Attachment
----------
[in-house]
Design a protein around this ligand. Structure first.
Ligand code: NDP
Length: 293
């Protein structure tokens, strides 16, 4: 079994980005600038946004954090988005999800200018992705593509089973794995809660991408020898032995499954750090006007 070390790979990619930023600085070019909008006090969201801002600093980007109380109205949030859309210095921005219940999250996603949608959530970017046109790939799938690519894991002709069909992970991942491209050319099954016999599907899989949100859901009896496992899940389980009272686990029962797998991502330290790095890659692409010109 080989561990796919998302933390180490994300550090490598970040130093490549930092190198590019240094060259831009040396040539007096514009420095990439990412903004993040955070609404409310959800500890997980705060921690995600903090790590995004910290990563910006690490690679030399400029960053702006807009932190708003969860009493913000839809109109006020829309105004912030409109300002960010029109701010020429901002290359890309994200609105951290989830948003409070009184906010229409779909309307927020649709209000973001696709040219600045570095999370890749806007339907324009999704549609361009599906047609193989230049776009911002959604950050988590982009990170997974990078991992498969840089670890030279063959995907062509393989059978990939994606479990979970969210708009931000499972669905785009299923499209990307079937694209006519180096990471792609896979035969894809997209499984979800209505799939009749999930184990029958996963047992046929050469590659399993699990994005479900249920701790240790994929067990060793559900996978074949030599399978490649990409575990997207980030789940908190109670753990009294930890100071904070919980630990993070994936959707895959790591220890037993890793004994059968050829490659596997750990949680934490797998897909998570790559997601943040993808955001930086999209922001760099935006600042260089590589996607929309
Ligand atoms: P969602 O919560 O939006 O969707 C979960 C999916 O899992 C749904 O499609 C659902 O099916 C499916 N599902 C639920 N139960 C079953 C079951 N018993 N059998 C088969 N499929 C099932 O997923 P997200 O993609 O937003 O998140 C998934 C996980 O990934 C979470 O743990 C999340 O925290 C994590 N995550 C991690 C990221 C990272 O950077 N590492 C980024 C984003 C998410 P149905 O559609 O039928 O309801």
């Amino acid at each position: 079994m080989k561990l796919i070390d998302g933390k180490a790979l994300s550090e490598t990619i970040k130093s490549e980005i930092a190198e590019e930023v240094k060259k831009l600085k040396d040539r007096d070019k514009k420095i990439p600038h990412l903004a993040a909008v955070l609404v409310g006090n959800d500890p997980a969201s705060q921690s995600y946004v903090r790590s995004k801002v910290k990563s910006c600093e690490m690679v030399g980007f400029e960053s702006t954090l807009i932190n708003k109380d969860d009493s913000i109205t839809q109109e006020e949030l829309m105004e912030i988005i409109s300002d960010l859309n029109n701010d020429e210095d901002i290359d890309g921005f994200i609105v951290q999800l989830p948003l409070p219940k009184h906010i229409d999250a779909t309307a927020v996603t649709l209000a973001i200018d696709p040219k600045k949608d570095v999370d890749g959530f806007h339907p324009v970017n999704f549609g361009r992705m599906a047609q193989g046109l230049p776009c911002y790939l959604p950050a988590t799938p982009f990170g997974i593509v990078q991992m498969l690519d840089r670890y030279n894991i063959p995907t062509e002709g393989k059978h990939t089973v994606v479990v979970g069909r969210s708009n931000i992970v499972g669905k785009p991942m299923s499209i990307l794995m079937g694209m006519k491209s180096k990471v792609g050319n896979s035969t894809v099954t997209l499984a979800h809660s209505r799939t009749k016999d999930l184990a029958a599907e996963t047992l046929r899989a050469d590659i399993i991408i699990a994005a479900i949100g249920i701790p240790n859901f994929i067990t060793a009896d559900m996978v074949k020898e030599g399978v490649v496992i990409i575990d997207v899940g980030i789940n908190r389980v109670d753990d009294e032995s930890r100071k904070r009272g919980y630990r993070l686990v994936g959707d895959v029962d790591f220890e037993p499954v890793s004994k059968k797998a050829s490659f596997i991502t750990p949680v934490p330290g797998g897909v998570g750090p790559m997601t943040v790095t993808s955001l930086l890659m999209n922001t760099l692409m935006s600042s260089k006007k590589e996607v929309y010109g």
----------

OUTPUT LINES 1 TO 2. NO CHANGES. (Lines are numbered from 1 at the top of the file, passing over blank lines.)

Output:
[in-house]
Design a protein around this ligand. Structure first.